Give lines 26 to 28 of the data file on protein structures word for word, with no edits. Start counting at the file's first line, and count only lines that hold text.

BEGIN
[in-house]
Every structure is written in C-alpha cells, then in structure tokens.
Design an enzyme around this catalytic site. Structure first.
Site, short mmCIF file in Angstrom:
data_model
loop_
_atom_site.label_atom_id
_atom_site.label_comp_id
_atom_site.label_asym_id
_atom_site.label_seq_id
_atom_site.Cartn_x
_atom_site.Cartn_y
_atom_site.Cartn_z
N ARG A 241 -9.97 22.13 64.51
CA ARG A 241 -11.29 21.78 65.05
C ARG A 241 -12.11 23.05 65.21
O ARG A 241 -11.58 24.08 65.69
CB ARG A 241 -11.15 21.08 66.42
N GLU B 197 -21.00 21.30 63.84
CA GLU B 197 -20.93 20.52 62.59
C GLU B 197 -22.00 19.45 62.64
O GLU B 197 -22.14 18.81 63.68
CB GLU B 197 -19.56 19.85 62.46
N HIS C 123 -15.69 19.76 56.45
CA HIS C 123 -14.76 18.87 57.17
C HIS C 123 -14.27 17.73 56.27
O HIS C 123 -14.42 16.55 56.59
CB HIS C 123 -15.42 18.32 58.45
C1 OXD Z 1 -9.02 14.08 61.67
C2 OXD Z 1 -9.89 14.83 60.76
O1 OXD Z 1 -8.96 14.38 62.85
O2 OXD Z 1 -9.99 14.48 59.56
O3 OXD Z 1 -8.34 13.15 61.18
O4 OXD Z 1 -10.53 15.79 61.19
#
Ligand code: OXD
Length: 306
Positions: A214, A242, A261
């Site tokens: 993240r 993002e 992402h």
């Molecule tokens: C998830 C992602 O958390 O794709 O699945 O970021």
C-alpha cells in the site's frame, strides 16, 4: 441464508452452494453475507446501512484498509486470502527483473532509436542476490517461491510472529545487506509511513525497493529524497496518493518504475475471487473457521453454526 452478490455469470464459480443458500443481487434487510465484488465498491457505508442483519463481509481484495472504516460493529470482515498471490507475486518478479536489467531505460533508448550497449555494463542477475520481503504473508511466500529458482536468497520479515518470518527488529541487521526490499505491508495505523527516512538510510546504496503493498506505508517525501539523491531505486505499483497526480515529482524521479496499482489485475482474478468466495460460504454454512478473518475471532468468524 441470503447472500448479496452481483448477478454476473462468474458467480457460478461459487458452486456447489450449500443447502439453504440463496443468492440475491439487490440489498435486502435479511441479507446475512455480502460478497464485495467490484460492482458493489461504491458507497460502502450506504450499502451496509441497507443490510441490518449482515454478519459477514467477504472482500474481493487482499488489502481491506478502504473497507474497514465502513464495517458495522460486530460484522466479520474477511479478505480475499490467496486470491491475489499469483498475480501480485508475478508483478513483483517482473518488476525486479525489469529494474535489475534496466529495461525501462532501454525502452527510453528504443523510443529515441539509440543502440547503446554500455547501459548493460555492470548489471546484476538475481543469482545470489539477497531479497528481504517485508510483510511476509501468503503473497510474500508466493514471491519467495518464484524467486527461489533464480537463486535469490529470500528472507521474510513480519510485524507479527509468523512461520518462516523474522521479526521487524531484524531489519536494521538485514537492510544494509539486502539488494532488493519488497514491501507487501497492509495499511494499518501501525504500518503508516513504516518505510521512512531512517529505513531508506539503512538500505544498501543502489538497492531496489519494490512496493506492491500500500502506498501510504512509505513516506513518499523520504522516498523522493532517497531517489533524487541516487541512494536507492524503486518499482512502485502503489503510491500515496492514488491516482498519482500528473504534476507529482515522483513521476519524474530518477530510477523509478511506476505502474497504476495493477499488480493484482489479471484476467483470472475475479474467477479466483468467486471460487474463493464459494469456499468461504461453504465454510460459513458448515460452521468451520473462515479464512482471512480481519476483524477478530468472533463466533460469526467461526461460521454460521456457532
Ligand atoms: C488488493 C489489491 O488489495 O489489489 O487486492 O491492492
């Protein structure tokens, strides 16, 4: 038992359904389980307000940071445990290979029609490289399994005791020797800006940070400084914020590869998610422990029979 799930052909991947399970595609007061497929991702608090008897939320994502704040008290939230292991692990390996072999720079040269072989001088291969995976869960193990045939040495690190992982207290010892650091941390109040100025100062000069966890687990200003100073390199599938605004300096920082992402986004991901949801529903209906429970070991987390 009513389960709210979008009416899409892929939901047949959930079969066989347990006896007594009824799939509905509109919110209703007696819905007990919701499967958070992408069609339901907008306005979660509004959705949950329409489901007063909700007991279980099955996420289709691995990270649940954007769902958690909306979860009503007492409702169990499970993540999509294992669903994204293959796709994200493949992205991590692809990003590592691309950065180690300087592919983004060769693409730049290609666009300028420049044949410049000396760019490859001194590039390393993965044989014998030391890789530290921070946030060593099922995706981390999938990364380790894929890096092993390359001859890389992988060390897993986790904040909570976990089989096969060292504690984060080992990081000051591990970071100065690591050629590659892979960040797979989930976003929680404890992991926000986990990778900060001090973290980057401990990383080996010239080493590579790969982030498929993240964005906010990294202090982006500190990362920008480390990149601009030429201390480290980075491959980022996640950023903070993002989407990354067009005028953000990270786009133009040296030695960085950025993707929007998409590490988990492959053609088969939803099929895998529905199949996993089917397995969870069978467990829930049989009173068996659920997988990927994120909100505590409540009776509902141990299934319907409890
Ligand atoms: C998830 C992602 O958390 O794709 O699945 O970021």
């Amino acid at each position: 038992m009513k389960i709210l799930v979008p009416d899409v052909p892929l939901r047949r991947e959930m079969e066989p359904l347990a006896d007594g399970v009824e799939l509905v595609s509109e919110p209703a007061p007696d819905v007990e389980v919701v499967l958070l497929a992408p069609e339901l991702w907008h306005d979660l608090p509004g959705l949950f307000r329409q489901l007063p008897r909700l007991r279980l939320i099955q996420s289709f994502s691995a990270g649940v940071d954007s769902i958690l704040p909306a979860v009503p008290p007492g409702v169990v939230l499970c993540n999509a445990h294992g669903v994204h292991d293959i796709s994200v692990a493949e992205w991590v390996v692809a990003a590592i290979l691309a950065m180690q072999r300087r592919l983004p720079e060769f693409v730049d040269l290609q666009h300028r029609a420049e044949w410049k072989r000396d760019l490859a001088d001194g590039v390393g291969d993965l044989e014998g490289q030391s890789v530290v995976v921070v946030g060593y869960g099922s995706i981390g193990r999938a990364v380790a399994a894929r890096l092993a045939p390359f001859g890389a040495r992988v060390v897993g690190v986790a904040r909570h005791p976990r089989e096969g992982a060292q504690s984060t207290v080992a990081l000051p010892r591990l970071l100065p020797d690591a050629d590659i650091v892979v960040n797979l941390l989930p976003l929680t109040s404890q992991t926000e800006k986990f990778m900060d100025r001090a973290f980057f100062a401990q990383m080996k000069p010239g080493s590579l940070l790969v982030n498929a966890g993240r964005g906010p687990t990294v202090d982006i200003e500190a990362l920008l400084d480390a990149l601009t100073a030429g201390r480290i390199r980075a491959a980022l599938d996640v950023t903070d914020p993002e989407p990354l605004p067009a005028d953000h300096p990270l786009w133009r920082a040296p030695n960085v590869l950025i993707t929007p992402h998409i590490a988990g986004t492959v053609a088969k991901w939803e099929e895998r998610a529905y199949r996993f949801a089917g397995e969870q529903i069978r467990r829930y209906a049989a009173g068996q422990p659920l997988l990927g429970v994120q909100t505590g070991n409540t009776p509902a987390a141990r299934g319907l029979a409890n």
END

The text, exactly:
C HIS C 123 -14.27 17.73 56.27
O HIS C 123 -14.42 16.55 56.59
CB HIS C 123 -15.42 18.32 58.45